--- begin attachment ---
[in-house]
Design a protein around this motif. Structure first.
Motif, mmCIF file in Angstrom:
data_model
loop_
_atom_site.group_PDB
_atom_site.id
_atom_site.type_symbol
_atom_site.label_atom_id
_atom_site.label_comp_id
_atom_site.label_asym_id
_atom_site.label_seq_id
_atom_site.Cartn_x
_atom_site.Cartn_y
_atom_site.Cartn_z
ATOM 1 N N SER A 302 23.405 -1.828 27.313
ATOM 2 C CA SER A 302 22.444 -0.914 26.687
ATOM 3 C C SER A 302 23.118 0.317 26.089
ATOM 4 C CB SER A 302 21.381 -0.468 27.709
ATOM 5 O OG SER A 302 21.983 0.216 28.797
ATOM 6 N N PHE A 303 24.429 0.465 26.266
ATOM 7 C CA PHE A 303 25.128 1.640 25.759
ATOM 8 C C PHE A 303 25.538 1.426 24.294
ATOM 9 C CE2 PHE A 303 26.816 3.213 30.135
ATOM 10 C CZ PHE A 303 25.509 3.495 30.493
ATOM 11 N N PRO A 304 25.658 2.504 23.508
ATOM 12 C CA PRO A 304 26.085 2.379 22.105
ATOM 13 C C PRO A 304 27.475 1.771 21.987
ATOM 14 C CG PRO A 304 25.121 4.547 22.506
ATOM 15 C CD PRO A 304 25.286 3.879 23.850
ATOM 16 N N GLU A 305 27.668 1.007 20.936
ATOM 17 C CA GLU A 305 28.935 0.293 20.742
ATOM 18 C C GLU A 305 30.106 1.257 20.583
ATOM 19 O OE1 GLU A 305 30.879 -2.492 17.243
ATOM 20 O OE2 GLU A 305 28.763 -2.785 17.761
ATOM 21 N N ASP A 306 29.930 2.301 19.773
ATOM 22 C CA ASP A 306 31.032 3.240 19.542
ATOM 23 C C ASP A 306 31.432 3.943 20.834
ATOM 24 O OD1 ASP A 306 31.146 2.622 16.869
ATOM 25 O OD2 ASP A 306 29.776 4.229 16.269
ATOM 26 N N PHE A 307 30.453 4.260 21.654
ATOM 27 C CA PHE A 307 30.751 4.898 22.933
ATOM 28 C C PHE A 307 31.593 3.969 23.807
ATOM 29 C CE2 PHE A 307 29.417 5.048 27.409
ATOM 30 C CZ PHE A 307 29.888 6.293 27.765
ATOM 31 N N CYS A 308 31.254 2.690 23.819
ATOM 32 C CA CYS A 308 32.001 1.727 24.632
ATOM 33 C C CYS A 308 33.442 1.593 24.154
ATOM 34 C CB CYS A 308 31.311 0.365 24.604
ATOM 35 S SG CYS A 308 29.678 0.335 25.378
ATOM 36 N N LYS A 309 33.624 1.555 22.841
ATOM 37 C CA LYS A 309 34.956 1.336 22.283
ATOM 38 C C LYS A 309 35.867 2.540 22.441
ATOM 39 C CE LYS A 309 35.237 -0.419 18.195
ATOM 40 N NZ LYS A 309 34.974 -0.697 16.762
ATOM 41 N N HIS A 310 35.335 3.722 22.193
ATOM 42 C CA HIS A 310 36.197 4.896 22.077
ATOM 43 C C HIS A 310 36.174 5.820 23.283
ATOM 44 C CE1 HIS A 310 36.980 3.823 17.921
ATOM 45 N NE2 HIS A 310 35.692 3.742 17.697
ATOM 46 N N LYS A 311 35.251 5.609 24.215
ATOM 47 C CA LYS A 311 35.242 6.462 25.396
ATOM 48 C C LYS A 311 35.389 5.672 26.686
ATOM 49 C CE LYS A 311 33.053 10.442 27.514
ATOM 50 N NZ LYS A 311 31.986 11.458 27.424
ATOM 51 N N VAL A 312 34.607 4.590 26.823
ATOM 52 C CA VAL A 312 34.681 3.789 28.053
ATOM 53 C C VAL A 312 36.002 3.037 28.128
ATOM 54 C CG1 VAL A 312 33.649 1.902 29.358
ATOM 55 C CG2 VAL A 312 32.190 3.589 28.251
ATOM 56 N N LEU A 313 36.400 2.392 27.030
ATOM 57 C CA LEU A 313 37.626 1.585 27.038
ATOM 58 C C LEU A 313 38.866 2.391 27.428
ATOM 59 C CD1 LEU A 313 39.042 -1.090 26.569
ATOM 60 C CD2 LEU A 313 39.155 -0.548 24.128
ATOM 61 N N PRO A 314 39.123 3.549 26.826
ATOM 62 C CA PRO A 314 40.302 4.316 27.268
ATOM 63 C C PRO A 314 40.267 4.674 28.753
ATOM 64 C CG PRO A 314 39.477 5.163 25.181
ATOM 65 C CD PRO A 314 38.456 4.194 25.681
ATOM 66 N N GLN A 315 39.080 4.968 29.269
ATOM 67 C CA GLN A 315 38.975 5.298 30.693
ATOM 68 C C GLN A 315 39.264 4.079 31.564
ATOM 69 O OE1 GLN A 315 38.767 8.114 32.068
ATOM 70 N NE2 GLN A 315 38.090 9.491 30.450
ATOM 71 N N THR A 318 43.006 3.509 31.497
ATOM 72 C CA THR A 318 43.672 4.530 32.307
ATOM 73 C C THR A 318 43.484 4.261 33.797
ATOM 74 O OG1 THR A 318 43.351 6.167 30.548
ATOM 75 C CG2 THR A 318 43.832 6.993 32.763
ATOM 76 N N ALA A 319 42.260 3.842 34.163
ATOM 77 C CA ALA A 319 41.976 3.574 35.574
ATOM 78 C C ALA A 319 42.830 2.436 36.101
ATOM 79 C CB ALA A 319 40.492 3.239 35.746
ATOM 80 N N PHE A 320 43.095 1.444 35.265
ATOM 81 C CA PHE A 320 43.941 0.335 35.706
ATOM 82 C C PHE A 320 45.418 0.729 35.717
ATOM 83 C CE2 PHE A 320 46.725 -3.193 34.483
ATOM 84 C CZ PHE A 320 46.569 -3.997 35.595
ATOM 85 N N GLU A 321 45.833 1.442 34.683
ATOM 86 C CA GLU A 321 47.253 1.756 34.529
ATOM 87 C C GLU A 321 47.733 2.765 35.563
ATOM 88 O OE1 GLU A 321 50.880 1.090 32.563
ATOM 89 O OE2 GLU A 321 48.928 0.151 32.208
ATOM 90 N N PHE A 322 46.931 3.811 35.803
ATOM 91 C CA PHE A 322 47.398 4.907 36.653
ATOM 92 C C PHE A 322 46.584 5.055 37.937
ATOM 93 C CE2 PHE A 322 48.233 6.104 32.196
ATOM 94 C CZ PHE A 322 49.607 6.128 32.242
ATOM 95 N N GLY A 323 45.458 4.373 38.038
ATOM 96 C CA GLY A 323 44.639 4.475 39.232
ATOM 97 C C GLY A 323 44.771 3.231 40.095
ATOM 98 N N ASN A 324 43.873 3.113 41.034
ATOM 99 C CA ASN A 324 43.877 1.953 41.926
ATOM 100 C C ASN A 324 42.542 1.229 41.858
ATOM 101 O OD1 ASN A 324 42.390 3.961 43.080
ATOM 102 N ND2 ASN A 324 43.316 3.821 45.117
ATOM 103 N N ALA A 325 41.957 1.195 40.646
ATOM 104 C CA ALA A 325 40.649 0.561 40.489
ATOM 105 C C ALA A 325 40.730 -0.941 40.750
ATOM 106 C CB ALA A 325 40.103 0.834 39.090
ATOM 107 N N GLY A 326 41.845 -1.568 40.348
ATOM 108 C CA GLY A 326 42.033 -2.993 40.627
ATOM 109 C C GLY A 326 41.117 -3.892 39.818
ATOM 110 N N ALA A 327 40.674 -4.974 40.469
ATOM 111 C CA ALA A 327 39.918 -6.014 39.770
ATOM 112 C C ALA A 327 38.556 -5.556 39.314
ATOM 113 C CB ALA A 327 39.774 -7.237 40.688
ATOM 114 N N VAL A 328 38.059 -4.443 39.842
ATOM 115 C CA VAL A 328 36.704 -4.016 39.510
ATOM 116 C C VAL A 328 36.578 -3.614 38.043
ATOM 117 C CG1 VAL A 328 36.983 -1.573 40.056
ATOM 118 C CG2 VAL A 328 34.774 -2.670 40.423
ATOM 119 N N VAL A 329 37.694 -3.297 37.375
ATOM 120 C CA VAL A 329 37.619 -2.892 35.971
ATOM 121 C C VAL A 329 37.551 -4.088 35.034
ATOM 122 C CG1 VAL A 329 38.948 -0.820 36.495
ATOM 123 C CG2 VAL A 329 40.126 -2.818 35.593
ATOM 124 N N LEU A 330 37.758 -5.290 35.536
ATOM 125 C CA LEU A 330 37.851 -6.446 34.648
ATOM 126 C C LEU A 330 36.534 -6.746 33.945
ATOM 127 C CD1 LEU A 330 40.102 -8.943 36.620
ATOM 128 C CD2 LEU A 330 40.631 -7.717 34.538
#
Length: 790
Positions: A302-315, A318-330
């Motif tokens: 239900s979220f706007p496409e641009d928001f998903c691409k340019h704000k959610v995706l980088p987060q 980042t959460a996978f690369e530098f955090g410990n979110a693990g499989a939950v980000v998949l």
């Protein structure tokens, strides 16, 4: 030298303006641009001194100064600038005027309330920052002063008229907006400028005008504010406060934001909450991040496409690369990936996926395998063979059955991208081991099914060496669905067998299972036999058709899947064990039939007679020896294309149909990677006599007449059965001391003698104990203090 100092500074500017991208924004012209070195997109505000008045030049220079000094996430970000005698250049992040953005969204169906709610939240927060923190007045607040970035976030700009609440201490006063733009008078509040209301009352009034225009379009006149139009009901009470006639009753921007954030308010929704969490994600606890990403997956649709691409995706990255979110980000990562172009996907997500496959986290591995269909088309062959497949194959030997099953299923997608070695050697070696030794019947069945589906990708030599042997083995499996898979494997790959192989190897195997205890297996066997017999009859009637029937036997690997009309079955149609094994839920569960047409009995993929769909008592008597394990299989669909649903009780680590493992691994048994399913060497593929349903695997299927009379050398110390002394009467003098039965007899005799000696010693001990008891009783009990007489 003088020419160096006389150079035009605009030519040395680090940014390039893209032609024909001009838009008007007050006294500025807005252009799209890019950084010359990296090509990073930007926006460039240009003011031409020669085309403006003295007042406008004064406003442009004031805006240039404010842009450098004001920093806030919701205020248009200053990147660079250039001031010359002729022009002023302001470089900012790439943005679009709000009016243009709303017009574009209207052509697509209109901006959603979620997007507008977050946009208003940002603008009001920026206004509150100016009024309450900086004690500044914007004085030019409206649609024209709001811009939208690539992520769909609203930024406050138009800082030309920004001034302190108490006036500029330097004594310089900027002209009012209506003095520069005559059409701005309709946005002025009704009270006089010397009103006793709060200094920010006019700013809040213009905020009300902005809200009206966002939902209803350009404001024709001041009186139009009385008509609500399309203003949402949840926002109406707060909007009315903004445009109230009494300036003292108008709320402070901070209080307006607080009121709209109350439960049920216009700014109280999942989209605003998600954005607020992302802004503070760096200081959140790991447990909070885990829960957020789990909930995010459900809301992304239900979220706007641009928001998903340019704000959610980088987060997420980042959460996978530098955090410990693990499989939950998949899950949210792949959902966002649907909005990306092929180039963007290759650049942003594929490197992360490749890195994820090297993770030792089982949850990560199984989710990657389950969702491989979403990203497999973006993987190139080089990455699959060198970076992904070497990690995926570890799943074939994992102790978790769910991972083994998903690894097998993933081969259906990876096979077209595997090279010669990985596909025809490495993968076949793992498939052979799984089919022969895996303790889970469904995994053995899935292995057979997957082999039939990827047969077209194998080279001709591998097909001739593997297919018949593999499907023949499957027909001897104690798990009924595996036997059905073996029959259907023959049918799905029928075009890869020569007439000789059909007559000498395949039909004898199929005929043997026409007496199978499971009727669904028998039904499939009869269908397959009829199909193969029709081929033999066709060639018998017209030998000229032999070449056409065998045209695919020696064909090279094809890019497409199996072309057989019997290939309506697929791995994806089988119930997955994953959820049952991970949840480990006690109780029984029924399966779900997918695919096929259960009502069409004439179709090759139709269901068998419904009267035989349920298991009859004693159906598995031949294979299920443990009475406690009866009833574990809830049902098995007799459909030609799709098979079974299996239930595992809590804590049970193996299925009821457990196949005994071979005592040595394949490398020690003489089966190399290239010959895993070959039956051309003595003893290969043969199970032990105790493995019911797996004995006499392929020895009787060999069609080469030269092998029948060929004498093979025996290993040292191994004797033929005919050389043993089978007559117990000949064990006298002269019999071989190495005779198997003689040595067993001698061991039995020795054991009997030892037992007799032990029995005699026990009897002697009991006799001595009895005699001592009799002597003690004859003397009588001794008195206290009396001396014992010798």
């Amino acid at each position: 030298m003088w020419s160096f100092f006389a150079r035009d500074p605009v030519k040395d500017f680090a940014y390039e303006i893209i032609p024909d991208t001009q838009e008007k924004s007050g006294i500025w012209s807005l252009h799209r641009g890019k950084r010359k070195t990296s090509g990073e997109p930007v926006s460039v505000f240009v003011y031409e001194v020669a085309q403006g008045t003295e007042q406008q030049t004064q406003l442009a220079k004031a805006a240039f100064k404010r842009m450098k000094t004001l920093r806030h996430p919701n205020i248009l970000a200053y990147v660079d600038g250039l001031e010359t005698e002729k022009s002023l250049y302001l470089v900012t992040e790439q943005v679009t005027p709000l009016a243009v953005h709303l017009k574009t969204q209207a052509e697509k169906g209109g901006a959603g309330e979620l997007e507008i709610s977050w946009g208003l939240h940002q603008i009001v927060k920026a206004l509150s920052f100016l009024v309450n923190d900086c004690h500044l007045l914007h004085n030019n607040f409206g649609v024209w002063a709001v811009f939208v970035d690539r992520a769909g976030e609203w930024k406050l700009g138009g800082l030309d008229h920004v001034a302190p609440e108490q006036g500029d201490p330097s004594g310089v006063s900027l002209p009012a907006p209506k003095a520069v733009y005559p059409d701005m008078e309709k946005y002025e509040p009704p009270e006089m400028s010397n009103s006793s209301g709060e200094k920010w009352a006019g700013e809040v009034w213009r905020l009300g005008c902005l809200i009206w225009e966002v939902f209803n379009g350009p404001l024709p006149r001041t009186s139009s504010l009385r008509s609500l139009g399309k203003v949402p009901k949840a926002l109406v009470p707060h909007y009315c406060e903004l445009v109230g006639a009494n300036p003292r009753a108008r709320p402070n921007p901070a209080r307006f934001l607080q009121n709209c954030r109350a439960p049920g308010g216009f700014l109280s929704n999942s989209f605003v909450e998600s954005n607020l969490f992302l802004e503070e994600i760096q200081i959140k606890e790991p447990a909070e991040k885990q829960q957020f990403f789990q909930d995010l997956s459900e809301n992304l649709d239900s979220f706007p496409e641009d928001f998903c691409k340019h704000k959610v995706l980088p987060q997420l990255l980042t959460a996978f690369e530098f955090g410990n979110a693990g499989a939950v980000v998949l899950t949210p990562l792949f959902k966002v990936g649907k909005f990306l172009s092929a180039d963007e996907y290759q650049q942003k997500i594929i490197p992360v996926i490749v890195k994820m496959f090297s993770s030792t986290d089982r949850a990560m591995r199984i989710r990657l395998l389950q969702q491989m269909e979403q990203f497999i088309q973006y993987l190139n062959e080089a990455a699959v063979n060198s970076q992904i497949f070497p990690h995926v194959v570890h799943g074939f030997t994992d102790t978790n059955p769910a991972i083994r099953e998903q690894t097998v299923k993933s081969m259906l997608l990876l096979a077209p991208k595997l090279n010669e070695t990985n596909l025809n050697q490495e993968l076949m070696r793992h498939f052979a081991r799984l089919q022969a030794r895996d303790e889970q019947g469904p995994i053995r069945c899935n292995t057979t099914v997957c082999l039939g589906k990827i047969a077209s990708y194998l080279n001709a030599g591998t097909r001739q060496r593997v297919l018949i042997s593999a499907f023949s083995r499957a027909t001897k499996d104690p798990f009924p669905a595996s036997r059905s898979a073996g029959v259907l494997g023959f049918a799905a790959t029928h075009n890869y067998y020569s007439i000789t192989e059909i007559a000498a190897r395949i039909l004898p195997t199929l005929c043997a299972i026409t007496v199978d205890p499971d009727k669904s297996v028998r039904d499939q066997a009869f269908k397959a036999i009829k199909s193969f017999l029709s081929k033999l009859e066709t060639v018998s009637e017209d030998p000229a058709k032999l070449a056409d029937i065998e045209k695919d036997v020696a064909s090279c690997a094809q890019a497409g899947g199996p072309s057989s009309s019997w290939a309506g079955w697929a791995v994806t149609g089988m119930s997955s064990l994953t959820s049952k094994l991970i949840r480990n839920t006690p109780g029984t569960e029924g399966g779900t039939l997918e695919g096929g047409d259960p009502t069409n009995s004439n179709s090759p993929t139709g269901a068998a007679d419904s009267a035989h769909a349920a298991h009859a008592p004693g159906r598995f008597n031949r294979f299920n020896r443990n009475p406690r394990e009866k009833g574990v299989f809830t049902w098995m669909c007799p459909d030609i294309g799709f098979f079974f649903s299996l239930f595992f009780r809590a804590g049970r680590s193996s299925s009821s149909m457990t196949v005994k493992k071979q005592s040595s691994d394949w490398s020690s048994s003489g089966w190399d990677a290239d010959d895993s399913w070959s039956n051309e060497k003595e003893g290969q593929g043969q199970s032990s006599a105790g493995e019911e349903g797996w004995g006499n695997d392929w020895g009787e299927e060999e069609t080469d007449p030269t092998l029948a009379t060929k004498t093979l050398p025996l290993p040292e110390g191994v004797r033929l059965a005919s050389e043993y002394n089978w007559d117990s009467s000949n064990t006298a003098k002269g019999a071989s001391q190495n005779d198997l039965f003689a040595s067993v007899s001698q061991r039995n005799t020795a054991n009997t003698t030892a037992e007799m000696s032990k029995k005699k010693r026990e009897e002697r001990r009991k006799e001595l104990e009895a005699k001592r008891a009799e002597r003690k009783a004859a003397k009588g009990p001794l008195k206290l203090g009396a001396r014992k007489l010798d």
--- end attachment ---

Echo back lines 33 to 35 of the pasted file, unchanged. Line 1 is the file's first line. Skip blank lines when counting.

ATOM 18 C C GLU A 305 30.106 1.257 20.583
ATOM 19 O OE1 GLU A 305 30.879 -2.492 17.243
ATOM 20 O OE2 GLU A 305 28.763 -2.785 17.761